By Roland S. Martin
If you’re Rush Limbaugh, Ann Coulter, Brent Bozell, Sean Hannity, and yes, even Herman Cain, you must feel pretty stupid for trying to fool the American people by blaming the reporting on sexual harassment complaints against the GOP presidential candidate on his race.
Cain has tried to make his surprising presidential run to be about anything but race. He has chided other African-Americans for blaming their circumstances on race, has blasted black voters for being “brainwashed” for voting for Democrat, and he has garnered applause from his mostly white audiences by lighting into identity politics.
Yet when faced with the most serious dilemma of his campaign, Cain looked like the boy crying wolf by saying there was a racial element in the reporting of sexual harassment allegations against him while heading the National Restaurant Association. He even tried to invoke the “high-tech lynching” comment made famous by Justice Clarence Thomas when he was going through his Senate confirmation hearings for the U.S. Supreme Court.
But we shouldn’t be surprised. Cain has shown such a racial knee-jerk reaction before. He tried to nail Comedy Central’s Jon Stewart with the racist tag after a comedic bit on The Daily Show. Even other Republicans found his comments to be confusing.
To suggest that the reporting of the sexual harassment allegations was racially based, and that any other candidate running for the highest office in the land would never have to undergo such scrutiny is wrong. I bet Sen. John Kerry wouldn’t mind sharing a thing or two with Cain after he was brutally beat down with the Swift Boat allegations, including millions spent on television and radio ads.
President Clinton was almost down and out prior to the New Hampshire primary after stories came out with allegations about extramarital affairs. The right wing had a field day with Gennifer Flowers and her tales of sexual trysts.
There is no doubt Mitt Romney didn’t like it in 2008 when he was hit with allegations of employing illegal immigrants. He had to weather that storm then, and even now, when Texas Gov. Rick Perry raised the issue during the CNN GOP debate in Las Vegas.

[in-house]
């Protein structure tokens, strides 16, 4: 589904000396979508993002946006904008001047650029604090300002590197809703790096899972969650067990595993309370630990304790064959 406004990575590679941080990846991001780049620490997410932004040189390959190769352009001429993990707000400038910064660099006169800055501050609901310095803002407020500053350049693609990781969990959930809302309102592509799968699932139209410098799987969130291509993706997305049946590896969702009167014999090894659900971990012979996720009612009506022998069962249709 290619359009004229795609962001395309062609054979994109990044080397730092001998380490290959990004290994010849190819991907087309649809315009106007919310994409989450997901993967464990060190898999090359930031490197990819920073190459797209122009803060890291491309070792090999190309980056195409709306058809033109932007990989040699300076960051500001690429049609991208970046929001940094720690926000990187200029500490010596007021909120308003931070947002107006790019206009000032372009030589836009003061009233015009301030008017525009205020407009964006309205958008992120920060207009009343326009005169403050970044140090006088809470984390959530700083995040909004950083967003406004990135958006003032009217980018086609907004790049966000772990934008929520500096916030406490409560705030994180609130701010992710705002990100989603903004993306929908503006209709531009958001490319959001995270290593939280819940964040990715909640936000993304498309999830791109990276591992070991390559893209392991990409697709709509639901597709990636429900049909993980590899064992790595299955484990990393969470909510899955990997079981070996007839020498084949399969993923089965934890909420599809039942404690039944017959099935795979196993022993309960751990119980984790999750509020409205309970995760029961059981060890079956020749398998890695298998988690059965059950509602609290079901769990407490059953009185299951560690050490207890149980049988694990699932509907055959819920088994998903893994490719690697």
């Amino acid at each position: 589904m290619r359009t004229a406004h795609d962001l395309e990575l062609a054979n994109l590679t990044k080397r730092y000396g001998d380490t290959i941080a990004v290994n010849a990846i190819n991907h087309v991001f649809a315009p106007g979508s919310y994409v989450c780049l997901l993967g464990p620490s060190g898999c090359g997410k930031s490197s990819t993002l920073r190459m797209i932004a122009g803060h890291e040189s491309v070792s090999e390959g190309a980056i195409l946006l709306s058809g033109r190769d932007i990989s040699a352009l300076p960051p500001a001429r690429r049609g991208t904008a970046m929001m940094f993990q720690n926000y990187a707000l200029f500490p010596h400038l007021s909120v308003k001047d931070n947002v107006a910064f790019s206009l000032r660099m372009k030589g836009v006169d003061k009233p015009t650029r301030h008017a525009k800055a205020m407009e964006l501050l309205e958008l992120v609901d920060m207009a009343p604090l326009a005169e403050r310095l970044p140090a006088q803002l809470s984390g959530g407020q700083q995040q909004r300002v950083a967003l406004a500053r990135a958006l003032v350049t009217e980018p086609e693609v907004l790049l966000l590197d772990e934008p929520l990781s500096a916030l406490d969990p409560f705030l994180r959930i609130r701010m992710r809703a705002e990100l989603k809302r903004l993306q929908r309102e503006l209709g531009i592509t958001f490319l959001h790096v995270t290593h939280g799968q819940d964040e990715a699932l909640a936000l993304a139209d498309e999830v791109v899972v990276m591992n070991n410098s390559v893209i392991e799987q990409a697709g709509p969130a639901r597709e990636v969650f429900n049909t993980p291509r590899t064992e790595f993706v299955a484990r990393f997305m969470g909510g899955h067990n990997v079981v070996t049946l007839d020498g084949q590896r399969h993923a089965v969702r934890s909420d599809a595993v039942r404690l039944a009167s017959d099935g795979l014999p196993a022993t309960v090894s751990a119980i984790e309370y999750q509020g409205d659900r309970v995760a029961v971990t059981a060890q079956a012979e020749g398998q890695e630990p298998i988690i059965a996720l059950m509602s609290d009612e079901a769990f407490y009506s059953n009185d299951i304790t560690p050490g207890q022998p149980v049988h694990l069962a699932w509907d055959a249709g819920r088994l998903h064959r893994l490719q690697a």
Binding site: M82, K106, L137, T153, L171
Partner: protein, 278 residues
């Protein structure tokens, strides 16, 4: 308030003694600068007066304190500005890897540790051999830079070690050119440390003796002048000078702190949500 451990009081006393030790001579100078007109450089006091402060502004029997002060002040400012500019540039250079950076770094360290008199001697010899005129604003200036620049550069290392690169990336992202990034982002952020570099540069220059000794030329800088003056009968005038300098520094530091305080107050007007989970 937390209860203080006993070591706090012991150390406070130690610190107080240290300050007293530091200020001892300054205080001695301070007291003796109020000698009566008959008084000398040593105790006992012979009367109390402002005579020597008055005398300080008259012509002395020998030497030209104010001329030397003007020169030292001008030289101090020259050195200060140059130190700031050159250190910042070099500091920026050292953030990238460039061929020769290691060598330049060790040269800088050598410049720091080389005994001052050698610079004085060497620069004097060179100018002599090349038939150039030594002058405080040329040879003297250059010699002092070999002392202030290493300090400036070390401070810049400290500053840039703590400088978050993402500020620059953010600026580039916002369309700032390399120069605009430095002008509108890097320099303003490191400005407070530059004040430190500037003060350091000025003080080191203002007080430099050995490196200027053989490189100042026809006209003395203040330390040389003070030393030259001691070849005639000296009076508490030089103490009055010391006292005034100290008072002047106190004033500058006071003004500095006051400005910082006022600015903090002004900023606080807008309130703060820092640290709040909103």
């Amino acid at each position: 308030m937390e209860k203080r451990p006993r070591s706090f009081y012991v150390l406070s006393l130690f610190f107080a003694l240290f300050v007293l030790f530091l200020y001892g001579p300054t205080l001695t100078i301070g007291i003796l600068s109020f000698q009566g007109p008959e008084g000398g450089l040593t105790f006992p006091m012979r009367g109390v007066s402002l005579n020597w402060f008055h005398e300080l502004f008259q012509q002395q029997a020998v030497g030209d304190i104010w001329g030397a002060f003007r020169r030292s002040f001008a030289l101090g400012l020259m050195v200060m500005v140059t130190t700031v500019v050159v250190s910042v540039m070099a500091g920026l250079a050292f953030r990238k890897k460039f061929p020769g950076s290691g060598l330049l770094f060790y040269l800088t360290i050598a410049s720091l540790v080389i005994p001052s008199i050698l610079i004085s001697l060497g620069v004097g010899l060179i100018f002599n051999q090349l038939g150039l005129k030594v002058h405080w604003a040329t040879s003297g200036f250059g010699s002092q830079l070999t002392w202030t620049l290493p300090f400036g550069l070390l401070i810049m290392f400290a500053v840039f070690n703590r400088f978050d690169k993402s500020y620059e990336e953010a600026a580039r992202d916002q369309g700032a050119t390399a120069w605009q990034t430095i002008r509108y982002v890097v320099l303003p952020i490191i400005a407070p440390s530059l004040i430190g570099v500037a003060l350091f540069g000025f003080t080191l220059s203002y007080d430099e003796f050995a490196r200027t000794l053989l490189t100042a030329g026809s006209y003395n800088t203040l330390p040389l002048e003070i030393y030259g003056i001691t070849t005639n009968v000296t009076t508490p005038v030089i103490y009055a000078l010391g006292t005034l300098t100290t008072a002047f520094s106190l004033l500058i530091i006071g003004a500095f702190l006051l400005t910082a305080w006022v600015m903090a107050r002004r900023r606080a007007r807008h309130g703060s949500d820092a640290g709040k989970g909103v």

During the 2008 presidential campaign, as well as during most of his tenure, I have cautioned folks who were quick to say that President Obama’s race is the primary reason for the amount of criticism leveled at him.
When citing photos of him as an African chief and other racially charged posters at Tea Party rallies, or emails sent out by various GOP officials in several states that had racial overtones, I absolutely blasted those. Racial animus was clear. But even Cain had to confess on Fox News that while he thought race was a factor in the sexual harassment allegations surfacing, he couldn’t prove it.
What Cain must accept is that when you run for president of the United States, you should expect to get a heavy dose of scrutiny, especially when you’re sitting at the top of many polls.
If Cain wants to blame anyone for this fiasco, he should look in the mirror and at his campaign staff. Politico gave them a 10-day heads up on the story, and they were still unable to have a credible response. Then Cain gave conflicting answers to whether he knew about a settlement, muddying the waters even more.
Then Cain hits the Perry camp for spreading the rumor, and a day later, he and his campaign manager had to backtrack.
Bottom line: The economy will be the top issue in the 2012 election, and not whether Cain sexually harassed anyone. But this issue speaks to Cain’s credibility and character, and when the American people are making a decision about entrusting someone to be commander-in-chief, you can bet that matters, and not his race.